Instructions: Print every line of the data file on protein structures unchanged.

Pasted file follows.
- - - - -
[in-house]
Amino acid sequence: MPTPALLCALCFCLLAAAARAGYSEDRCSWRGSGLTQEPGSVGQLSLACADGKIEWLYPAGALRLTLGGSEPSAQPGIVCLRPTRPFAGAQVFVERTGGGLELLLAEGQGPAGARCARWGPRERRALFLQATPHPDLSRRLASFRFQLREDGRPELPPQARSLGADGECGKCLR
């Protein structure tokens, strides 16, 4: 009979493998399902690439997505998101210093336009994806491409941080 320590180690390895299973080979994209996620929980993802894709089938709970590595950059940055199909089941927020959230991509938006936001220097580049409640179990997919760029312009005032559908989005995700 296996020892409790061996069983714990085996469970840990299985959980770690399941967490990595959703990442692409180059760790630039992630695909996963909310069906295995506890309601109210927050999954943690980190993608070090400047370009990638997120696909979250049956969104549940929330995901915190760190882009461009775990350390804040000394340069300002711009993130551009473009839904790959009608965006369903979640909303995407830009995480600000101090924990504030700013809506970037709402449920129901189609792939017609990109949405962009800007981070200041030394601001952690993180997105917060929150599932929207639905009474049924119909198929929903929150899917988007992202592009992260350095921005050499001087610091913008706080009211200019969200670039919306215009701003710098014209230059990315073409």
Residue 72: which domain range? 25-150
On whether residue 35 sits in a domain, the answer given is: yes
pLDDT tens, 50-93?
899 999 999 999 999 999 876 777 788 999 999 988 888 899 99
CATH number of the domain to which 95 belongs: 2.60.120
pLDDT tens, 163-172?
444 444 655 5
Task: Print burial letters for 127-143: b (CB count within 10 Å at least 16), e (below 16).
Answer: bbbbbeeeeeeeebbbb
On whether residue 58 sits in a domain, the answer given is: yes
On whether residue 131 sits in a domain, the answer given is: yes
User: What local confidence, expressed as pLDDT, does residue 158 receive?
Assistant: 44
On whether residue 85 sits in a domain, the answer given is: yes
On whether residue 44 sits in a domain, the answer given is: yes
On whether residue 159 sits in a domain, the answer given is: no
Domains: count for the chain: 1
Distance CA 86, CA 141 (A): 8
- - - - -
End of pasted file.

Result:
[in-house]
Amino acid sequence: MPTPALLCALCFCLLAAAARAGYSEDRCSWRGSGLTQEPGSVGQLSLACADGKIEWLYPAGALRLTLGGSEPSAQPGIVCLRPTRPFAGAQVFVERTGGGLELLLAEGQGPAGARCARWGPRERRALFLQATPHPDLSRRLASFRFQLREDGRPELPPQARSLGADGECGKCLR
């Protein structure tokens, strides 16, 4: 009979493998399902690439997505998101210093336009994806491409941080 320590180690390895299973080979994209996620929980993802894709089938709970590595950059940055199909089941927020959230991509938006936001220097580049409640179990997919760029312009005032559908989005995700 296996020892409790061996069983714990085996469970840990299985959980770690399941967490990595959703990442692409180059760790630039992630695909996963909310069906295995506890309601109210927050999954943690980190993608070090400047370009990638997120696909979250049956969104549940929330995901915190760190882009461009775990350390804040000394340069300002711009993130551009473009839904790959009608965006369903979640909303995407830009995480600000101090924990504030700013809506970037709402449920129901189609792939017609990109949405962009800007981070200041030394601001952690993180997105917060929150599932929207639905009474049924119909198929929903929150899917988007992202592009992260350095921005050499001087610091913008706080009211200019969200670039919306215009701003710098014209230059990315073409």
Residue 72: which domain range? 25-150
On whether residue 35 sits in a domain, the answer given is: yes
pLDDT tens, 50-93?
899 999 999 999 999 999 876 777 788 999 999 988 888 899 99
CATH number of the domain to which 95 belongs: 2.60.120
pLDDT tens, 163-172?
444 444 655 5
Task: Print burial letters for 127-143: b (CB count within 10 Å at least 16), e (below 16).
Answer: bbbbbeeeeeeeebbbb
On whether residue 58 sits in a domain, the answer given is: yes
On whether residue 131 sits in a domain, the answer given is: yes
User: What local confidence, expressed as pLDDT, does residue 158 receive?
Assistant: 44
On whether residue 85 sits in a domain, the answer given is: yes
On whether residue 44 sits in a domain, the answer given is: yes
On whether residue 159 sits in a domain, the answer given is: no
Domains: count for the chain: 1
Distance CA 86, CA 141 (A): 8